I mean … wow.
With all the excitement of E3 over the last week and my work on short stories, I haven’t really been following the Hugo Awards that closely. After all, most of what was being said had died down to a pretty standard echo chamber, to the point where checking out File 770 was starting to feel like loading the same page with the names on most of the articles transposed one posting down and the same comments from the day before. Honestly, I know that Mike Glyer is just trying to chronicle the whole thing, but at this point, its all become so samey that it’s not really doing anyone a service. It’s sort of like advertising for a product like Comcast. Everyone knows their product is trash, that they’re a terrible company, and that you can’t take anything they say in their advertising as true, but they keep saying it anyway.
File 770 feels like a lot of that right now. Insular makes a blog post with outlandish, unresearched claims. The next day someone else makes it with the same claims, even if the first claim has been completely disproven. They don’t care, and they’re not going to read anything that challenges what they want to believe. The end result is that reading File 770 feels a bit like standing in an echo chamber full of Comcast ads. And that comparison is actually relevant because of what happened sometime last week: an editor at Tor lost her head online and said some things she really probably shouldn’t have.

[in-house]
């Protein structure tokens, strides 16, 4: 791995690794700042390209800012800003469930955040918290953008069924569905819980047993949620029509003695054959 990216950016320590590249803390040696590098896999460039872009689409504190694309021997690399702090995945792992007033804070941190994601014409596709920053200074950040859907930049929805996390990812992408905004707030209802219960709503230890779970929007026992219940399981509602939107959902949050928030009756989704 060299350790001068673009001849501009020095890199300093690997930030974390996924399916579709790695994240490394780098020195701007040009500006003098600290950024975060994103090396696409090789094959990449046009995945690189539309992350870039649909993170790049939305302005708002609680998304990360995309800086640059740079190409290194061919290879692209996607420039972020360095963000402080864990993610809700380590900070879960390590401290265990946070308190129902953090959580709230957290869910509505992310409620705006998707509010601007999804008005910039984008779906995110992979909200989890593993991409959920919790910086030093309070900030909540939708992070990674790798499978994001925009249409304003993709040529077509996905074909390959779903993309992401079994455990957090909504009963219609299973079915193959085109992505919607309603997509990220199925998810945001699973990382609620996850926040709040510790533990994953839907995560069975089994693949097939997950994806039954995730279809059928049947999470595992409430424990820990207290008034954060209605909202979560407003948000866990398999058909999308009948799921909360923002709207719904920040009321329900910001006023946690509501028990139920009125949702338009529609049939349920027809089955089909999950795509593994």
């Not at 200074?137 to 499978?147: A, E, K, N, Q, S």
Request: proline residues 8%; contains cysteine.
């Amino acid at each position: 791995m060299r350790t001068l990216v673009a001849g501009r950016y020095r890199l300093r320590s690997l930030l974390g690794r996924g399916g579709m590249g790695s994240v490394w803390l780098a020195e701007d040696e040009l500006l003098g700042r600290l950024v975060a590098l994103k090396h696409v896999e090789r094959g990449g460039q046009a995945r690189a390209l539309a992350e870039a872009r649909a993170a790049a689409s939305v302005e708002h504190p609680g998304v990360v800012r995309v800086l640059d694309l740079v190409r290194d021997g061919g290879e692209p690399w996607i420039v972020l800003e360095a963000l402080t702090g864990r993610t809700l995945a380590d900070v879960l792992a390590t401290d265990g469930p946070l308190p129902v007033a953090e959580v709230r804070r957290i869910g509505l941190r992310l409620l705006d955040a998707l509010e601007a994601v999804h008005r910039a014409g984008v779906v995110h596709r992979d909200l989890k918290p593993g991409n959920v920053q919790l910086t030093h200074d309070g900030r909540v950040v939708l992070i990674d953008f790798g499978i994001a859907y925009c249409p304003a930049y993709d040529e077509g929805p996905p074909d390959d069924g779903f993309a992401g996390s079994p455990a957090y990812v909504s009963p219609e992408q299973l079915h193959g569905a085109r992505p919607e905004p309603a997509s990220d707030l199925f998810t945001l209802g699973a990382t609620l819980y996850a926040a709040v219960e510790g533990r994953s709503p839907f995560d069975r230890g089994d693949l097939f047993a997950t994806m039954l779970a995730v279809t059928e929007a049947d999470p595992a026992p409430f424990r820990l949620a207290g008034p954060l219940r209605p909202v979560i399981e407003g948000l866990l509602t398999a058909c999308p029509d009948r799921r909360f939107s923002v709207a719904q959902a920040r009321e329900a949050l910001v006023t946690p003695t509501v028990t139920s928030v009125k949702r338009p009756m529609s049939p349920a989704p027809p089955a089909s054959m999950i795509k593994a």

It’s a pretty common story. Employee of a big company forgets that they’re speaking on behalf of a company and says something they regret. In this case, it was an editor by the name of Irene Gallo, who apparently forgot that they were plugging a Tor book online when they made a slight dig at the Sad Puppies. Nothing big, just a dig, and in the internet world, not much to be bothered by. And that would have probably been the end of it had a reader apparently not familiar with the whole battle for things (a sleeping Ent) asked “Who are Sad Puppies.”
It was like opening a floodgate. What followed was a post more fit for 4chan than for a public Facebook book plugging, a post that managed to mix the words “neo-nazi” with “racist,” “misogynistic,” and “homophobic” into a treasure-trove of rage-inducing buzzwords, all in post that brushed anyone who had anything to do with SP works.
You can imagine how this has gone with the general public. Of course the SPs are mad—but they’re used to the mud-slinging, even if it’s coming here from a publisher rep. But the Ents? The readers who haven’t heard of this? This has been their first taste of things. The insulars have raised their voice loud enough to wake them up … and they didn’t like what they were hearing.
This is where things get really crazy, and I’ve got a little story for you. About five years ago, I found myself very excited for the release of the Microsoft Kinect—mostly because I wanted Dance Central (now I have all three, and yes, they are awesome). However, on a forum I hung out on, people were less than enthused. Many of them insisted that it was a prank, a fraud, and that no such device existed. No matter what evidence came forward. Someone played it? Cleverly disguised and lying marketing. Hands-on videos? CGI. None of it was real, they insisted. It was a fake.